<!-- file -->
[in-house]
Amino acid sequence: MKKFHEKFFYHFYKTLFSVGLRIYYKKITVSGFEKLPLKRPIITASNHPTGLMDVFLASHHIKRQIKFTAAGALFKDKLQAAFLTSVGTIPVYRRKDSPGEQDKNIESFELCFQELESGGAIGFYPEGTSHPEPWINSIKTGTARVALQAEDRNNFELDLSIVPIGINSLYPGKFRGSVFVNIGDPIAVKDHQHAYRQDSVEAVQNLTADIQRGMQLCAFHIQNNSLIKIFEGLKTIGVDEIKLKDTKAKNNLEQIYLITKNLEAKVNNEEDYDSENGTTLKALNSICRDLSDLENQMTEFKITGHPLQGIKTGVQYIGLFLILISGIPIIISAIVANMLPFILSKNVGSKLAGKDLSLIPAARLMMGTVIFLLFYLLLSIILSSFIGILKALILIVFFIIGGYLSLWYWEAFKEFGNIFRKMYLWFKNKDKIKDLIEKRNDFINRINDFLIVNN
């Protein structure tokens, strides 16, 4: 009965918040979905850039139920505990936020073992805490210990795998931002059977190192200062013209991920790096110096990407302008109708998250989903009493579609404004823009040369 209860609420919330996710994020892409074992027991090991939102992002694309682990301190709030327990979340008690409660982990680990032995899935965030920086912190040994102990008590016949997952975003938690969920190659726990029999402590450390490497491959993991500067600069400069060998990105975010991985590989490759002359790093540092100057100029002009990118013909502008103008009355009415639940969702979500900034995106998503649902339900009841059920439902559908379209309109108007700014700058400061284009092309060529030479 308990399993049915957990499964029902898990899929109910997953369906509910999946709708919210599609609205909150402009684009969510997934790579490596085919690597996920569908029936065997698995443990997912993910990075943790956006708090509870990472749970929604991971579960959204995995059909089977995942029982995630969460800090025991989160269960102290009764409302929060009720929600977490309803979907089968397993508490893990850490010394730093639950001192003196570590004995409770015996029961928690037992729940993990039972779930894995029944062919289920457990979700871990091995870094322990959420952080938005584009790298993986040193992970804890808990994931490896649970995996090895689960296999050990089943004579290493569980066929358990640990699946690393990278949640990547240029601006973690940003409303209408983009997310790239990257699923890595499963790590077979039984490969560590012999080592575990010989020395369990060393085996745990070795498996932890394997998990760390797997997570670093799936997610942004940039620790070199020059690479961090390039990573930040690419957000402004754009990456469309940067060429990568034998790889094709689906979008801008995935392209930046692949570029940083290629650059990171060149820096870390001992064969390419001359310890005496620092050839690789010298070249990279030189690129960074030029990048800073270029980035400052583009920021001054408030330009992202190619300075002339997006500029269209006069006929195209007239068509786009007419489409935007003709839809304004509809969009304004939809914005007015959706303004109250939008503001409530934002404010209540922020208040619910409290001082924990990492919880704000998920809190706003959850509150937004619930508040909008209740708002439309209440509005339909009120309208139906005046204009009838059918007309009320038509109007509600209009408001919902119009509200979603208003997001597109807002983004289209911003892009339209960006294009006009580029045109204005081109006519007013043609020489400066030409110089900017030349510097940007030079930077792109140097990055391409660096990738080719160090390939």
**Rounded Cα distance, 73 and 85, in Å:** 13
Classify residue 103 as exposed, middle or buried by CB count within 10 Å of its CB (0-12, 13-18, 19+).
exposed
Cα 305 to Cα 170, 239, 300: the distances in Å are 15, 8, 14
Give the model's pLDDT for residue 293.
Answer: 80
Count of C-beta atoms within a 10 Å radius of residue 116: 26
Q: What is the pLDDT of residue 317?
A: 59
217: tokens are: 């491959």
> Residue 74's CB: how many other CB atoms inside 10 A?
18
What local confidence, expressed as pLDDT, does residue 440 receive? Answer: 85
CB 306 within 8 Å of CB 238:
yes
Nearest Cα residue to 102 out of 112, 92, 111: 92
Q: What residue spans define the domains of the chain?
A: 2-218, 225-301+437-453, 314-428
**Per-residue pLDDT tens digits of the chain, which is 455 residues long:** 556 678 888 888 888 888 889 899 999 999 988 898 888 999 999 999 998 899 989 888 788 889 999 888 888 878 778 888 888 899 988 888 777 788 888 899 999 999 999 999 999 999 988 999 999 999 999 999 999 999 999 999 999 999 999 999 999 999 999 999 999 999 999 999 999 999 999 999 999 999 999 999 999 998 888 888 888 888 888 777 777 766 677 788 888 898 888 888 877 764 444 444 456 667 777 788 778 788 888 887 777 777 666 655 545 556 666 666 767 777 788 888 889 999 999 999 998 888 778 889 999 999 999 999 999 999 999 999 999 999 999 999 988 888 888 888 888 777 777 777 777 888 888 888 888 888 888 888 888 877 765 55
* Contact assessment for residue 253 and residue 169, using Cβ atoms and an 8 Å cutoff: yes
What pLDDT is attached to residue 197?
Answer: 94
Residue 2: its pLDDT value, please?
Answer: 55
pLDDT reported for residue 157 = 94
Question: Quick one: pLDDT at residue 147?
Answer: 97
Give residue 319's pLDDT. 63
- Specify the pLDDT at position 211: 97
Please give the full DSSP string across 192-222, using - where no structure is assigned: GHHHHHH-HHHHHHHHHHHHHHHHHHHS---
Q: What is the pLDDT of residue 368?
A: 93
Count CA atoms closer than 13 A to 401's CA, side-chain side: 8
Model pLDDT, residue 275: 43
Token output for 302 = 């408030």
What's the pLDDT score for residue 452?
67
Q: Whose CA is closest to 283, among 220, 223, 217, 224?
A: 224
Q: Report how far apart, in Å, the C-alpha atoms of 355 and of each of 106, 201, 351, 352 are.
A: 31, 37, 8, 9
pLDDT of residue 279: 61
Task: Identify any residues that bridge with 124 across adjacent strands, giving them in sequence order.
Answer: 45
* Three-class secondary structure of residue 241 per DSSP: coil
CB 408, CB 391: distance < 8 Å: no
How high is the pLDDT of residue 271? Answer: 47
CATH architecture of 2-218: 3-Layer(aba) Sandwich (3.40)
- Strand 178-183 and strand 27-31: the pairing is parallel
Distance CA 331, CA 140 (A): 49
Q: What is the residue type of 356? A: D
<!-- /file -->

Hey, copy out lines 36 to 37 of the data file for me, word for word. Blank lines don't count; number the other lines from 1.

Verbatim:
Count CA atoms closer than 13 A to 401's CA, side-chain side: 8
Model pLDDT, residue 275: 43